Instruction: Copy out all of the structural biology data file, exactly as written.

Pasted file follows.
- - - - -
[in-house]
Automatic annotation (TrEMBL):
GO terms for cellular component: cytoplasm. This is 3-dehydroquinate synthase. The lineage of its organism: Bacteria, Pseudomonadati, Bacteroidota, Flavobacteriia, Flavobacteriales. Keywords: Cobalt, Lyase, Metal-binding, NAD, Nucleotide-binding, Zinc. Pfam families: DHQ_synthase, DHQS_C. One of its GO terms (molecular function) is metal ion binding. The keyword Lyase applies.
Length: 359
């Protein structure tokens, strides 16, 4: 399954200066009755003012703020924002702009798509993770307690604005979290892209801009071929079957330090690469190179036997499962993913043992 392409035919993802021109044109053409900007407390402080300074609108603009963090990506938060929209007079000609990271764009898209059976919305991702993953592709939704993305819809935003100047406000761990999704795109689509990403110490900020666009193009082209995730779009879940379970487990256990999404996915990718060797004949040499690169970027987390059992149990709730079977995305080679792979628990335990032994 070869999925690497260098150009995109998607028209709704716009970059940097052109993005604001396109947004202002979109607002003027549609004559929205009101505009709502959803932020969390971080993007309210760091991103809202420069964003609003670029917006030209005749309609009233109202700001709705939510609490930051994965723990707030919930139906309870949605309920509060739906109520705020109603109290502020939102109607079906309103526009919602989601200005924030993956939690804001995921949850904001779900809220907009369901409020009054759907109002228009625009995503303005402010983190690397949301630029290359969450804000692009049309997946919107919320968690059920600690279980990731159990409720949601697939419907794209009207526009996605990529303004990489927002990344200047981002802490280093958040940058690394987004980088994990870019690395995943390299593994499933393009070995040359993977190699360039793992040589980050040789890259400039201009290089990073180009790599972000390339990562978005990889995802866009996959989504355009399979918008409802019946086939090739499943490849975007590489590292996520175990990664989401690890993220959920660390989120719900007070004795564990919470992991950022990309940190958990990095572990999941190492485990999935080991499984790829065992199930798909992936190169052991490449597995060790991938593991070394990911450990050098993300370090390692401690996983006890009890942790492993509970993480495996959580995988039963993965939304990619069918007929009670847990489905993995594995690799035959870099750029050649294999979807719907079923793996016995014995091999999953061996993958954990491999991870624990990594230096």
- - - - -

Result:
[in-house]
Automatic annotation (TrEMBL):
GO terms for cellular component: cytoplasm. This is 3-dehydroquinate synthase. The lineage of its organism: Bacteria, Pseudomonadati, Bacteroidota, Flavobacteriia, Flavobacteriales. Keywords: Cobalt, Lyase, Metal-binding, NAD, Nucleotide-binding, Zinc. Pfam families: DHQ_synthase, DHQS_C. One of its GO terms (molecular function) is metal ion binding. The keyword Lyase applies.
Length: 359
């Protein structure tokens, strides 16, 4: 399954200066009755003012703020924002702009798509993770307690604005979290892209801009071929079957330090690469190179036997499962993913043992 392409035919993802021109044109053409900007407390402080300074609108603009963090990506938060929209007079000609990271764009898209059976919305991702993953592709939704993305819809935003100047406000761990999704795109689509990403110490900020666009193009082209995730779009879940379970487990256990999404996915990718060797004949040499690169970027987390059992149990709730079977995305080679792979628990335990032994 070869999925690497260098150009995109998607028209709704716009970059940097052109993005604001396109947004202002979109607002003027549609004559929205009101505009709502959803932020969390971080993007309210760091991103809202420069964003609003670029917006030209005749309609009233109202700001709705939510609490930051994965723990707030919930139906309870949605309920509060739906109520705020109603109290502020939102109607079906309103526009919602989601200005924030993956939690804001995921949850904001779900809220907009369901409020009054759907109002228009625009995503303005402010983190690397949301630029290359969450804000692009049309997946919107919320968690059920600690279980990731159990409720949601697939419907794209009207526009996605990529303004990489927002990344200047981002802490280093958040940058690394987004980088994990870019690395995943390299593994499933393009070995040359993977190699360039793992040589980050040789890259400039201009290089990073180009790599972000390339990562978005990889995802866009996959989504355009399979918008409802019946086939090739499943490849975007590489590292996520175990990664989401690890993220959920660390989120719900007070004795564990919470992991950022990309940190958990990095572990999941190492485990999935080991499984790829065992199930798909992936190169052991490449597995060790991938593991070394990911450990050098993300370090390692401690996983006890009890942790492993509970993480495996959580995988039963993965939304990619069918007929009670847990489905993995594995690799035959870099750029050649294999979807719907079923793996016995014995091999999953061996993958954990491999991870624990990594230096």